Inductive reasoning and bounded rationality reconsidered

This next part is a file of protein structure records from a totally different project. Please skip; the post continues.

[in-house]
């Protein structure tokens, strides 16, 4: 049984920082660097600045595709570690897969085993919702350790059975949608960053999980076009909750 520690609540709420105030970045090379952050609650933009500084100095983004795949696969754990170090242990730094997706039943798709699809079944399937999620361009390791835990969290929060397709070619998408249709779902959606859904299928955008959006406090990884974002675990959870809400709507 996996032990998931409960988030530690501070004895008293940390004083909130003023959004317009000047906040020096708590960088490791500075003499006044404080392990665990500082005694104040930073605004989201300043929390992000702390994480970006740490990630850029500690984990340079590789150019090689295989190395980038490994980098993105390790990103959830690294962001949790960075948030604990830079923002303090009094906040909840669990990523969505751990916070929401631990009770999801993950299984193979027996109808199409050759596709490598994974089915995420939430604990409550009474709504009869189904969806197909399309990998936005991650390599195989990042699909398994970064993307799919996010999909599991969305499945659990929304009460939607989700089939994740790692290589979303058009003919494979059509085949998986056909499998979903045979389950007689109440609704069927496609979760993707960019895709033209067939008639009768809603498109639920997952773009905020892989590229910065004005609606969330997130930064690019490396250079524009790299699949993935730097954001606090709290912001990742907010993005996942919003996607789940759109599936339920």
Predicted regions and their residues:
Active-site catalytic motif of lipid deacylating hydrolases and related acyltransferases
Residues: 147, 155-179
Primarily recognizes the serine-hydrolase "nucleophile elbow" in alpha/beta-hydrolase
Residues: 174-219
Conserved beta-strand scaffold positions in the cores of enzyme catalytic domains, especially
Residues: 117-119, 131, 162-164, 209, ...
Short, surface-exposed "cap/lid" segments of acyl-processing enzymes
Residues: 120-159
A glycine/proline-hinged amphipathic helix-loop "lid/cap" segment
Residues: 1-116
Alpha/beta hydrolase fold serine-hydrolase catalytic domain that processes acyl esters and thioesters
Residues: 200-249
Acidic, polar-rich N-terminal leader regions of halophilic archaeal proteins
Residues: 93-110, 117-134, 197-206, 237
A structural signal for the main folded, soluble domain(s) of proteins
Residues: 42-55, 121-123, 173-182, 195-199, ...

Complex adaptive systems have historically been studied using simplifications that mandate deterministic interactions between agents or instead treat their interactions only with regard to their statistical expectation. This has led to an anticipation, even in the case of agents employing inductive reasoning in light of limited information, that such systems may have equilibria that can be predicted a priori. This hypothesis is tested here using a simulation of a simple market economy in which each agent's behavior is based on the result of an iterative evolutionary process of variation and selection applied to competing internal models of its environment. The results indicate no tendency for convergence to stability or a long-term equilibrium and highlight fundamental differences between deterministic and stochastic models of complex adaptive systems.